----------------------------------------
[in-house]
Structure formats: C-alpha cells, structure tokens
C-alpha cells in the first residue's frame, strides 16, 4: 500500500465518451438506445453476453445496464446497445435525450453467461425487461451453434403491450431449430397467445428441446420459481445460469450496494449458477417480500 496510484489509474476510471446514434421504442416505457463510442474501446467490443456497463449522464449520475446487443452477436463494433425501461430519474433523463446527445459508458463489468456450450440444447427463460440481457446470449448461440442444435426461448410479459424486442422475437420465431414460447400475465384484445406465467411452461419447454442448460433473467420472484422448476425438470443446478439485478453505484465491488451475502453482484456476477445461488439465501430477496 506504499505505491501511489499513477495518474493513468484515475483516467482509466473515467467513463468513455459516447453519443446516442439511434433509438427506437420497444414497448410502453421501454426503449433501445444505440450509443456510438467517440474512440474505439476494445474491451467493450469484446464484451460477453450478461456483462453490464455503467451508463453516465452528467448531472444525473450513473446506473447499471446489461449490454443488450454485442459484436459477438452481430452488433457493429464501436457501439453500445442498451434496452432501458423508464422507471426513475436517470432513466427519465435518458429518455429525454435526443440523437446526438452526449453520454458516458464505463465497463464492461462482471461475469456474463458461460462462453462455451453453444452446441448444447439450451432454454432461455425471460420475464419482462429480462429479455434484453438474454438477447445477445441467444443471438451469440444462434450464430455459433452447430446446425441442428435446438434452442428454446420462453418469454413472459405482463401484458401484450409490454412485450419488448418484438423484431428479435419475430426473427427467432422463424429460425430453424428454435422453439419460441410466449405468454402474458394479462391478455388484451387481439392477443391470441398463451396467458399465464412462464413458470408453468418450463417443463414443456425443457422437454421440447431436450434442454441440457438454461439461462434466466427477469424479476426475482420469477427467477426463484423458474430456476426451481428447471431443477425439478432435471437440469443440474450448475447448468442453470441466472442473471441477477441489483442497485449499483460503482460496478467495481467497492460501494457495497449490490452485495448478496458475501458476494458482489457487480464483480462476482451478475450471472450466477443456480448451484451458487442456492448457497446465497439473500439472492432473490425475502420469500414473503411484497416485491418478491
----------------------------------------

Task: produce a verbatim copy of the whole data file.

[in-house]
Structure formats: C-alpha cells, structure tokens
C-alpha cells in the first residue's frame, strides 16, 4: 500500500465518451438506445453476453445496464446497445435525450453467461425487461451453434403491450431449430397467445428441446420459481445460469450496494449458477417480500 496510484489509474476510471446514434421504442416505457463510442474501446467490443456497463449522464449520475446487443452477436463494433425501461430519474433523463446527445459508458463489468456450450440444447427463460440481457446470449448461440442444435426461448410479459424486442422475437420465431414460447400475465384484445406465467411452461419447454442448460433473467420472484422448476425438470443446478439485478453505484465491488451475502453482484456476477445461488439465501430477496 506504499505505491501511489499513477495518474493513468484515475483516467482509466473515467467513463468513455459516447453519443446516442439511434433509438427506437420497444414497448410502453421501454426503449433501445444505440450509443456510438467517440474512440474505439476494445474491451467493450469484446464484451460477453450478461456483462453490464455503467451508463453516465452528467448531472444525473450513473446506473447499471446489461449490454443488450454485442459484436459477438452481430452488433457493429464501436457501439453500445442498451434496452432501458423508464422507471426513475436517470432513466427519465435518458429518455429525454435526443440523437446526438452526449453520454458516458464505463465497463464492461462482471461475469456474463458461460462462453462455451453453444452446441448444447439450451432454454432461455425471460420475464419482462429480462429479455434484453438474454438477447445477445441467444443471438451469440444462434450464430455459433452447430446446425441442428435446438434452442428454446420462453418469454413472459405482463401484458401484450409490454412485450419488448418484438423484431428479435419475430426473427427467432422463424429460425430453424428454435422453439419460441410466449405468454402474458394479462391478455388484451387481439392477443391470441398463451396467458399465464412462464413458470408453468418450463417443463414443456425443457422437454421440447431436450434442454441440457438454461439461462434466466427477469424479476426475482420469477427467477426463484423458474430456476426451481428447471431443477425439478432435471437440469443440474450448475447448468442453470441466472442473471441477477441489483442497485449499483460503482460496478467495481467497492460501494457495497449490490452485495448478496458475501458476494458482489457487480464483480462476482451478475450471472450466477443456480448451484451458487442456492448457497446465497439473500439472492432473490425475502420469500414473503411484497416485491418478491